Italian media is reporting that the US has refused to extradite a US soldier accused of murdering an Italian intelligence agent who helped secure the release of a kidnapped Italian journalist in Iraq. Diletta Varlese has the story.

Italy’s Foreign Ministry today asked for the cooperation of US authorities in the trial of Army Specialist Mario Lozano, who was indicted yesterday for the murder of Italian special agent, Nicola Calipari. Italy has requested Lozano’s extradition – something the US has refused. On the 4th of March of 2005, a US military patrol fired upon the Italian intelligence agent as he drove journalist Giuliana Sgrena to Baghdad’s airport. The US military claims that no one knew the journalist was in the car. Lozano could be tried in absentia if he is not present in Italy by the trial’s April 17th start date. For FSRN, I’m Diletta Varlese in Italy.

NBC’s Tim Russert once again took the witness stand today in the trial of former White House aide Lewis “Scooter” Libby. Russert is the final witness for the prosecution in the case stemming from the leak of a CIA agent’s identity. The cross-examination by the defense seemed geared to discredit the host of “Meet the Press” and reports indicate that one of Russert’s network colleagues, Andrea Mitchell, has been subpoenaed to testify for the defense – a subpoena she is challenging.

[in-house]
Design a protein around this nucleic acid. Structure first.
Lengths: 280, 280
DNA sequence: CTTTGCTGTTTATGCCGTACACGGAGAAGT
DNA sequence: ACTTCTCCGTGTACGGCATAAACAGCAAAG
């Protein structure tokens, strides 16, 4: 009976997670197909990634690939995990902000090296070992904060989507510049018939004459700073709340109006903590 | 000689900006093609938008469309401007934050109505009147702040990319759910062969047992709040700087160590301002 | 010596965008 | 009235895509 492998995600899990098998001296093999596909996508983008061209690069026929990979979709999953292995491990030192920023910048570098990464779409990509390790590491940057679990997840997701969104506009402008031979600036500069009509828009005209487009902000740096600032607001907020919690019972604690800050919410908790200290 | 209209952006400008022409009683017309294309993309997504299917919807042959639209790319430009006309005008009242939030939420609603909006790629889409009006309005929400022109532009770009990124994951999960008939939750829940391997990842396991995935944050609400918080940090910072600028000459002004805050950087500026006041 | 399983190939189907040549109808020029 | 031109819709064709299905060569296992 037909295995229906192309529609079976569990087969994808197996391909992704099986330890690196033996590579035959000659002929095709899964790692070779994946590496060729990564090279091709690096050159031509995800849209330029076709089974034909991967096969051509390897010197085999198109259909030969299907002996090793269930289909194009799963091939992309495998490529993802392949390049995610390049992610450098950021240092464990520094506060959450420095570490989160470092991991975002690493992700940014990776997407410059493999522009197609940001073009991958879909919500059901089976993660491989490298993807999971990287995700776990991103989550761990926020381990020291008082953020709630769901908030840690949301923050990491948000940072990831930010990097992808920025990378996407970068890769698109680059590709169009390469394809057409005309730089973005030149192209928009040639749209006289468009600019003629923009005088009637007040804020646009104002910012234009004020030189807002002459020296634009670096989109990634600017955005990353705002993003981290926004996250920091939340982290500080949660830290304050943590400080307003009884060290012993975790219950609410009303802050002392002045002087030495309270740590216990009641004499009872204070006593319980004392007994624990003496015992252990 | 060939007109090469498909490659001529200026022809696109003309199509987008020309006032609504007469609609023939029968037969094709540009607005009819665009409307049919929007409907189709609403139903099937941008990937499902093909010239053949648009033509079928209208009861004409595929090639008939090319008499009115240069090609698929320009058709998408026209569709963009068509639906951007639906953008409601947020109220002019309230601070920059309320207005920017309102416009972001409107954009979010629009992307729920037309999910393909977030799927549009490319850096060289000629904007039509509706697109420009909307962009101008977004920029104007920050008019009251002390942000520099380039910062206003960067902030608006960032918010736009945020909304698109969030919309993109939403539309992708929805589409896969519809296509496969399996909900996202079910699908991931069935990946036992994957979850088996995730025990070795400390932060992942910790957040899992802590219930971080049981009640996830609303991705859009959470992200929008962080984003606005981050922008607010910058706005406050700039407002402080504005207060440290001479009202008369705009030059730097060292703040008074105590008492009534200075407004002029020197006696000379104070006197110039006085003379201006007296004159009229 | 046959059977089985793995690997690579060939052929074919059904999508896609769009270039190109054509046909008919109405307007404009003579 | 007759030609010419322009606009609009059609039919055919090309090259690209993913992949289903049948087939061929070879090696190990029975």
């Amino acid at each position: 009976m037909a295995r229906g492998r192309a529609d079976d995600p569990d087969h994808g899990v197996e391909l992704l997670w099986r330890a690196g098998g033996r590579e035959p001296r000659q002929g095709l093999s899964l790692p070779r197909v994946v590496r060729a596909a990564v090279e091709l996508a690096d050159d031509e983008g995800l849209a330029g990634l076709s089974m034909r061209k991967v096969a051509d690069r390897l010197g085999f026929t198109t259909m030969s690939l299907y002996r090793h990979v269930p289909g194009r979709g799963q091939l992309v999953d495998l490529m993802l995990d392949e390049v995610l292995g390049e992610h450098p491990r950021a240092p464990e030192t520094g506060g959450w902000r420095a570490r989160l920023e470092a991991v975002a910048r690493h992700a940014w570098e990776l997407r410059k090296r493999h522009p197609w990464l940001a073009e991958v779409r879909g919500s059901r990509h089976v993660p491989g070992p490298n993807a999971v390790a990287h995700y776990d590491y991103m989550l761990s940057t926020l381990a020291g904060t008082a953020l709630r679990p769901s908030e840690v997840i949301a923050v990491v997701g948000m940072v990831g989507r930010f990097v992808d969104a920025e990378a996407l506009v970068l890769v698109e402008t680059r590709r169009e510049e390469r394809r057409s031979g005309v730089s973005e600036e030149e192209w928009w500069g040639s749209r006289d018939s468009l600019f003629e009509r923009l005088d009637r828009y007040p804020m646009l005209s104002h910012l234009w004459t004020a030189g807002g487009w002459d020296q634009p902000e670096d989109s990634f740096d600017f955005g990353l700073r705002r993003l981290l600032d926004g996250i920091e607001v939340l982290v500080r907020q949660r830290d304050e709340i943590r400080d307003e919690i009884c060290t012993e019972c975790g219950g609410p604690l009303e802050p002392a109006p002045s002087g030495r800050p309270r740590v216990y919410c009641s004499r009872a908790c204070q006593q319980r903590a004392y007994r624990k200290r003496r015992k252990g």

The latest round of multilateral negotiations to persuade North Korea to give up its nuclear program opened today in China. Fears have risen recently that the reclusive state may set off a second atomic device like the one they tested back in October. But as FSRN’s Jason Strother reports from Seoul, negotiators are optimistic that the talks may produce a breakthrough.